How? By educating, reminding, and reinforcing the value you bring. Not because you’re special. But because you understand your customer’s needs better than they do. Make it convenient for them to choose you over and over again.
Content mapping is one practical technique to do this.
Content mapping splits potential customers into different stages of the buyer’s journey.
- At the top of the funnel, new visitors rarely understand their own needs. Instead, they’ve just begun to identify a problem or pain point in their professional life. That pain has to become real.
- Those in the middle understand their needs and suspect you might have a solution. However, they’re not quite sold yet. Here, interactive content (see above) works best.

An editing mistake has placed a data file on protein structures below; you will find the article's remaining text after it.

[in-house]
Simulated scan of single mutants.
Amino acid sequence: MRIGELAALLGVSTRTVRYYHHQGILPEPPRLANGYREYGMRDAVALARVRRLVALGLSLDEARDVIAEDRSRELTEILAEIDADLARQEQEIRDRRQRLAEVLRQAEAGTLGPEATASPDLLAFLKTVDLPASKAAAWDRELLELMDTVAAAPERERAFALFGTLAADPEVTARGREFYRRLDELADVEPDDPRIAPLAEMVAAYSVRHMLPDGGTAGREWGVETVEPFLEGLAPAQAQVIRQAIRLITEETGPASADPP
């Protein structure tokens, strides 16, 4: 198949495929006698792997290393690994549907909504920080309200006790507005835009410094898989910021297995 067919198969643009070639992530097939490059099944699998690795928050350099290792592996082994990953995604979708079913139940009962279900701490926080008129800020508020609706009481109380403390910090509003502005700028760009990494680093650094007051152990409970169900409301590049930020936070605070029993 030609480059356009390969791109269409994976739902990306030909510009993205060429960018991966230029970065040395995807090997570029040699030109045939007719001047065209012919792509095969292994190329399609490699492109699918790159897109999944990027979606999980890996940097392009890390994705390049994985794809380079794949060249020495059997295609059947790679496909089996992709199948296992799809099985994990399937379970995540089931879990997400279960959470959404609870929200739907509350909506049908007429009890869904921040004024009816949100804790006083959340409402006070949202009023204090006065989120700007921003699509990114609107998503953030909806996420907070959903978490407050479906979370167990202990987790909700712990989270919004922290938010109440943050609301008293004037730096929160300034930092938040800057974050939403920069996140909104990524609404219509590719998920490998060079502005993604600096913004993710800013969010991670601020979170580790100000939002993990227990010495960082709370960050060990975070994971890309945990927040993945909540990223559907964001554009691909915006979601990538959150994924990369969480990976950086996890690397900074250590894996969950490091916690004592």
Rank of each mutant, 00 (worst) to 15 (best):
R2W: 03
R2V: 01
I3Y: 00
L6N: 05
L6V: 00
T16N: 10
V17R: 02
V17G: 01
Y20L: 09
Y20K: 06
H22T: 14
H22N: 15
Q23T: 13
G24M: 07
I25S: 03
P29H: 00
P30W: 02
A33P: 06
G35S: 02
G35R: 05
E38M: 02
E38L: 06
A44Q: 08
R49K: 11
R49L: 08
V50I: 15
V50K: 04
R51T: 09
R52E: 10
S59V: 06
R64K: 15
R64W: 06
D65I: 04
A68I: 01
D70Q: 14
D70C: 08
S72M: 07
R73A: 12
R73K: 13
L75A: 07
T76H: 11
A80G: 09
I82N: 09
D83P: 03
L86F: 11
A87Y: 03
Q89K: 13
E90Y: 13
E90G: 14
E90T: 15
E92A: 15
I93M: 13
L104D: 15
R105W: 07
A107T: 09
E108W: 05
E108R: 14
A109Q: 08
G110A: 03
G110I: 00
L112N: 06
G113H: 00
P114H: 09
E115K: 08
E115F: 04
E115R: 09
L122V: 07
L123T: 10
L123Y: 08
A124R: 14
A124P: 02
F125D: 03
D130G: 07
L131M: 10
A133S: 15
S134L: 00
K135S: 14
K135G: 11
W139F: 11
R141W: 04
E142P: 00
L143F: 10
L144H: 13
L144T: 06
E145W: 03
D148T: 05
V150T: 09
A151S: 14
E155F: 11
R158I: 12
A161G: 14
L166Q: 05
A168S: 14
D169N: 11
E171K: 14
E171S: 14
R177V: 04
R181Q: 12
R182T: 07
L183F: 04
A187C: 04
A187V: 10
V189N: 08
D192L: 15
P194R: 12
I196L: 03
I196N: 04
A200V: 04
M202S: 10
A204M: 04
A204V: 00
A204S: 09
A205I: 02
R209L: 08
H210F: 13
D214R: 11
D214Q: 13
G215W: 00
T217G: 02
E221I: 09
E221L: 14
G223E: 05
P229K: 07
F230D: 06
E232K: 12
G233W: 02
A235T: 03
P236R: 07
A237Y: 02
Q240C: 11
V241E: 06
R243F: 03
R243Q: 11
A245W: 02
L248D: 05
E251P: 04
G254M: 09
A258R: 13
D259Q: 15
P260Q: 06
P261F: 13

- At the bottom, they’re actively inquiring, which is where detailed spec sheets and in-person demos shine.
Most B2B funnels stop there. But even past their initial purchase, current customers need to be courted.
Every page, email, and customer touch-point should take this form of convenience into account.
If someone has looked at your products or services, but not yet inquired about pricing, then sales and marketing should extend an olive branch to get them to the other side.
Conversely, an opt-in might be fine when someone’s expressing interest in pricing, but shouldn’t be a frontline approach to new visitors.
A more friendly, infographic-like presentation isn’t just more appealing, it also does a better job of giving someone what they want at that moment: fast answers. It only takes fractions of a second for our brains to consume visuals. Which is helpful, considering our attention spans are only about eight seconds.
All of this sounds nice in theory. After all, nobody would argue with the benefits of personalization, interaction, or buyer convenience.
The problem comes back to execution. How do you make it happen? How do you give people what they want, when they want it?
When the buyer has more control over purchasing decisions, you get them to take action when you can better predict what they need …